Sunday, October 29, 2006

Refurbishment project

My latest propety purchase is due to complete in less that two weeks time. I am intending to completely refurbish the flat - it is a mess - and have just reviewed the quote from the contractor. The total cost, which includes rearranging the internal partitions and replacing the kitchen and bathroom is equal to about 12% of the purchase price. I will try and figure out ways to trim a few dollars off the cost without affecting the quality of the finished project. While I have redecorated flats before, usually I do the minimum in order to be able to rent a property out. In this case, I went for the total refurbishment option after looking at the numbers for a similar project for a nearly identical flat in the same building.

I am also arranging for the contractor to start work on the completion date.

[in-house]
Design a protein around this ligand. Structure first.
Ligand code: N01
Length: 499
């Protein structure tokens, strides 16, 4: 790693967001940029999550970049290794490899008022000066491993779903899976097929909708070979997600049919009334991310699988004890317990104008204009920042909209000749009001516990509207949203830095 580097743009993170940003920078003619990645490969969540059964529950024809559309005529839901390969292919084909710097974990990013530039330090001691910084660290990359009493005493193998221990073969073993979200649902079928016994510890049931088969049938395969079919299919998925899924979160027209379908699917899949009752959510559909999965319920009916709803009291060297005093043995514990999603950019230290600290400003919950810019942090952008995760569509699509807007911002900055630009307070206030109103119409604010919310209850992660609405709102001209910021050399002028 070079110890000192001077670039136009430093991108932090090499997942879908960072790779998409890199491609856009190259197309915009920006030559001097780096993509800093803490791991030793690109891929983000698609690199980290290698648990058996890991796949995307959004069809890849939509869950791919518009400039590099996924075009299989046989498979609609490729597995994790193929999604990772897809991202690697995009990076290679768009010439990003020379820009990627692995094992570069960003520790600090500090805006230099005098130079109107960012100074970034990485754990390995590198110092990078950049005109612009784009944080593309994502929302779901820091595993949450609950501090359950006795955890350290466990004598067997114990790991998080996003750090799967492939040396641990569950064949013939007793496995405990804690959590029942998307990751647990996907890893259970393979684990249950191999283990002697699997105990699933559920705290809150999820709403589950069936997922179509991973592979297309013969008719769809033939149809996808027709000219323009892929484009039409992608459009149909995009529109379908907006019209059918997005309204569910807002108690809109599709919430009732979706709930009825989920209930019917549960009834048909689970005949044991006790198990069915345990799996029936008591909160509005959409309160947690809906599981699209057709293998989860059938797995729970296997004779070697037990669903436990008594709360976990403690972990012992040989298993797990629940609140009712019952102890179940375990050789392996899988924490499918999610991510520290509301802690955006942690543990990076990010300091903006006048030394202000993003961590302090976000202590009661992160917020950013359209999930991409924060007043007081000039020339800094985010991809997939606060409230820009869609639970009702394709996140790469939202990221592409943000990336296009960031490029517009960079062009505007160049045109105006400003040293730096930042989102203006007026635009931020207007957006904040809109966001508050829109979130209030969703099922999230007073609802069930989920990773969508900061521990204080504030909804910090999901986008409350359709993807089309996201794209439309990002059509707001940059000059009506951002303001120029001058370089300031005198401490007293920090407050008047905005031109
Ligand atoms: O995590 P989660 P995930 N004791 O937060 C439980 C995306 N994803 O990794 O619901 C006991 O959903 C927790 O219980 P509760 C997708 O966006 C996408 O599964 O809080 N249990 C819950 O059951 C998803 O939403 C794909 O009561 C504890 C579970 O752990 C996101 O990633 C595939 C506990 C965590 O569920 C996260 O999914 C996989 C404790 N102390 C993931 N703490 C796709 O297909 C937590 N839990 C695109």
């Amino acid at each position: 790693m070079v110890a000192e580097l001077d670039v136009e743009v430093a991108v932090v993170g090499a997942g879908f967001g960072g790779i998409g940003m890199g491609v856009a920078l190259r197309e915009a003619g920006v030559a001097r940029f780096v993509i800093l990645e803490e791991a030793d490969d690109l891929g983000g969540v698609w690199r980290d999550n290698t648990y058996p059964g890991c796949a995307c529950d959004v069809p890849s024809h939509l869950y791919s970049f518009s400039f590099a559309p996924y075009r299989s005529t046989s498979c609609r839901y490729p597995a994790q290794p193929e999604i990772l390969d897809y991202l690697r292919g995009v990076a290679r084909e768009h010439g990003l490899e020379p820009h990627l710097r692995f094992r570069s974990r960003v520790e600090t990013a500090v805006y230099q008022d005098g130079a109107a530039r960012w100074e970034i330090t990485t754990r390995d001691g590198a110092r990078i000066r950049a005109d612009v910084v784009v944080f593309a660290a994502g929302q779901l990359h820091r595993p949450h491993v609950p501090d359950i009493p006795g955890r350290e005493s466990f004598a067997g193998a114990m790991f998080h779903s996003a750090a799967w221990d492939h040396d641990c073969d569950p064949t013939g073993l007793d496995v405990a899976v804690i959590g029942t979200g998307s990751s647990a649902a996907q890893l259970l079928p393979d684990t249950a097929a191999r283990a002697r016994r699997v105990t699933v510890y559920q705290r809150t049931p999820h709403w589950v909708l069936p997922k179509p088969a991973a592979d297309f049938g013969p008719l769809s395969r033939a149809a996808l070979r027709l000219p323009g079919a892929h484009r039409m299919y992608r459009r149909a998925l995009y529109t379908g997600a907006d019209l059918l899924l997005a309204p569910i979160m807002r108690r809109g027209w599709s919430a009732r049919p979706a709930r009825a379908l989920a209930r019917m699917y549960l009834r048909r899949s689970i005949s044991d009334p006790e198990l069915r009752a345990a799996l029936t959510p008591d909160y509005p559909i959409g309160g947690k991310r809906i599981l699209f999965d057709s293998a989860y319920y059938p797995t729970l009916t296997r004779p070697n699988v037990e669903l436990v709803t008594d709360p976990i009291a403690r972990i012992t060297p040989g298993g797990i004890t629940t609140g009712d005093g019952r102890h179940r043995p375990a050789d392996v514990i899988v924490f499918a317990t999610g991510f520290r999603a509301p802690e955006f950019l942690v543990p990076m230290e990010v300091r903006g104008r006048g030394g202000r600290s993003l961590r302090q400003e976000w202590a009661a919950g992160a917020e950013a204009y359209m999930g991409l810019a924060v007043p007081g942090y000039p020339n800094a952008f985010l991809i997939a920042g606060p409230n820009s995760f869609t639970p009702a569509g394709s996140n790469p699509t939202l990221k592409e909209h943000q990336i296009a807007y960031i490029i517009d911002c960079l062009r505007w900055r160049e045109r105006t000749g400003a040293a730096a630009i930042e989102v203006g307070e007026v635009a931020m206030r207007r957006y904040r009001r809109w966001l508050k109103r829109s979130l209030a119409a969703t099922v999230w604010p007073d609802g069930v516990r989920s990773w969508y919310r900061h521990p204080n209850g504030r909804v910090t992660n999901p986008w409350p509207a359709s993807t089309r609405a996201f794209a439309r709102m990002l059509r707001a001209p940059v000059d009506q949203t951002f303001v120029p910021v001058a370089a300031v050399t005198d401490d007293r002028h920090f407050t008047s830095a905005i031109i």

It should be an interesting learning experience as well as, I hope, a profitable one.

Saturday, October 21, 2006

Principle #20 - Investments Must Be Understood

When investing it is important to understand why you are parting with your hard earned cash. Understanding an investment can and should be done from several different perspectives.

What makes the investment attractive? This is fundamental. If you do not understand why you are buying an investment then you should not be buying it. If you cannot articulate in a few short sentences why you are buying something, then you are not investing - you are gambling. In evaluating an investment, both the potential return and the risks need to be considered. The reasons for buying should be both clearly understood and should be sound reasons. My benchmark test for having a sound reason for investing is a simple one. Before making the investment I ask myself if, should the investment lose money, I could explain to Mrs Traineeinvestor how I had lost some of my hard earned savings without sounding either reckless or stupid.